Destiny 2: Savathun is in the Tower, but who is she pretending to be?

Actual and potential story spoilers ahead. Do not read if you have not yet read this week’s lore entry or played this week’s Expunge mission.

This week’s Destiny 2: Season of the Splicer lore entry revealed that Savathun is in the tower, masquerading as someone else. For obvious reasons, it is a fascinating read. While the entry doesn’t explicitly call out Savathun by name, there are several paragraphs that, to me at least, make it reasonably clear that we’re dealing with the Witch Queen herself.

This is the first:

When they first reached for me, I reached back in acid mockery, and they opened themselves to me in stupid, naked innocence. I was giddy. My fingers raked their minds. I forced my will through them using only words and met no resistance. Their naiveté was beyond description, and I feasted until my eyes welled with black tears.

This is the second:

I swallow the fatty morsel of his ignorance and it gives me the strength to stand once more, cover my face, and resume my walk. I feel this form splitting beneath its wrappings, held together weakly by wet strands of sinew. And from deep inside, stirred by that latest scrap of deception, I hear the oily growl of the Worm.

And this is the third:

Even here, basted in deception both ample and rich, the Worm cries ravenously. It has grown grotesque, skin taut, overfed, and still it howls for more. It commands me to keep it alive.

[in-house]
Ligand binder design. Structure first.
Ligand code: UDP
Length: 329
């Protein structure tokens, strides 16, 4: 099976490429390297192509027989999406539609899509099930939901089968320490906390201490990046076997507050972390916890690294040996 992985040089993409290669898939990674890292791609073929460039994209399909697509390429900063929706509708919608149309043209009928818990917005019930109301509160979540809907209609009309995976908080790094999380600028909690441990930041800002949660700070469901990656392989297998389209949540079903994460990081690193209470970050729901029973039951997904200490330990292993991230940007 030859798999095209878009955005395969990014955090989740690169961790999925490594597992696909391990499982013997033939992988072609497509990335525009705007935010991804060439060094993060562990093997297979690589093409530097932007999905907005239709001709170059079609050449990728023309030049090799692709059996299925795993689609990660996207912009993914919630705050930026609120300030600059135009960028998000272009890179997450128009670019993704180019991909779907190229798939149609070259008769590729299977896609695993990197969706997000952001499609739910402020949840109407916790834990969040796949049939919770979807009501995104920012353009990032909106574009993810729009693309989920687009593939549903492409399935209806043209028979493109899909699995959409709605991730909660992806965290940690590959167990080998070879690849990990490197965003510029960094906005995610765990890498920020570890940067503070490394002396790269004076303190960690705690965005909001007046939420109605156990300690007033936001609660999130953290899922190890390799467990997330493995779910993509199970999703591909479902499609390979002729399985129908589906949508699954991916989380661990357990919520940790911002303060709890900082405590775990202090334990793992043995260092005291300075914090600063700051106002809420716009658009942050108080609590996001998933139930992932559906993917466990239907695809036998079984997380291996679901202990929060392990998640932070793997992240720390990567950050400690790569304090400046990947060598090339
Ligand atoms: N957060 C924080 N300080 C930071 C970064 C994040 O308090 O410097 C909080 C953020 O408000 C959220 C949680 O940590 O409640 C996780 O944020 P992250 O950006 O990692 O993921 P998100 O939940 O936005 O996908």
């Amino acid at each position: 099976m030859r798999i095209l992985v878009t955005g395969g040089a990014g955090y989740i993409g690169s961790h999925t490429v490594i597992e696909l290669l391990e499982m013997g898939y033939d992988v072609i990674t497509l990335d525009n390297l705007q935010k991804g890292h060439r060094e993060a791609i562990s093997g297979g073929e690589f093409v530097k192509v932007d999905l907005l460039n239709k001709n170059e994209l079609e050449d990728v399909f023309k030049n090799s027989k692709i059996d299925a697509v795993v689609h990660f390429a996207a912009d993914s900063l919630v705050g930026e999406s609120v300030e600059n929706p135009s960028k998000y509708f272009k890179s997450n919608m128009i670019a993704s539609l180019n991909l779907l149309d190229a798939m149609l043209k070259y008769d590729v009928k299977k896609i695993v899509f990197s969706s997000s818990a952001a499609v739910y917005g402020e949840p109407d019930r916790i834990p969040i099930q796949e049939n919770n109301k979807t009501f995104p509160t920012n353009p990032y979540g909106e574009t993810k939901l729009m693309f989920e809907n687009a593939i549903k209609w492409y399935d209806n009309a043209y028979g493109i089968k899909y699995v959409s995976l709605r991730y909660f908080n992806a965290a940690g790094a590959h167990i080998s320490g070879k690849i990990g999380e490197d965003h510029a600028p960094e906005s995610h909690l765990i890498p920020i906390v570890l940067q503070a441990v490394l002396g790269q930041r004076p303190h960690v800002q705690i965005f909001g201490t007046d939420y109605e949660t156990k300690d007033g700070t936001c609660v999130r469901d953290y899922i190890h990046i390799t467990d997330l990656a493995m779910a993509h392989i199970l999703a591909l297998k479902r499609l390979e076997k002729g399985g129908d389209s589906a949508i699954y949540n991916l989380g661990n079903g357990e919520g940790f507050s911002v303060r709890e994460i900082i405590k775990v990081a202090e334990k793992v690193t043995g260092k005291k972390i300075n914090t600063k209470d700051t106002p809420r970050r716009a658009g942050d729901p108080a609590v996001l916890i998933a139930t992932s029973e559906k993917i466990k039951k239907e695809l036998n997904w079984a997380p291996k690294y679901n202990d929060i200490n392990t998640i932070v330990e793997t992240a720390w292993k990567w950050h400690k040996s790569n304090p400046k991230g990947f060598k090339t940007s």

They all track with what we’ve been told of Savathun so far – that she is the mistress of deception and trickery, and that it is by trickery that she feeds her worm. And because of this one, very specific fact, I’m almost certain that Savathun is not Osiris.

There has, over the course of the season, due to datamined information and various interpretations of Osiris’ behaviour, been a growing consensus that Osiris is acting mighty suspicious. It’s been talked about a fair bit on Reddit, I’ve seen conversations about it on Twitter, and Paul Tassi even wrote an article about it. He breaks down the case for Osiris being suspect extremely well, so I won’t bother to recap – he does it much better.

It’s just the fact that Osiris seems so obviously suspect that bothers me.

See, Savathun is ancient beyond mortal imagining. This is someone who has been carrying out a crusade over countless millennia to whittle the universe down to its perfect, final shape. But she has been playing that part through deception and trickery.

In the Gift Mast entry of the Books of Sorrow – assuming the books are true, or at least that this entry this – we learn that Savathun kept secret Covens among the Harmony for a hundred years. One hundred years without detection, getting away with whatever schemes she was busy scheming.

And, in more recent times, aside from her role in the Dreaming City’s curse, we have absolutely no real idea of what she’s been up to in any capacity.

Savathun has, for an impossibly long time, been doing whatever the hell she wants to do with little to no interference, except (presumably) whatever Mara Sov is getting up to right now. In short, when Savathun wants to be sneaky, she can be very, very sneaky.

Why, then, would she suddenly slip up? Why would she – if she was truly in possession of or masquerading as Osiris – be making mistakes? Why would she not be playing the part of Osiris to absolute perfection?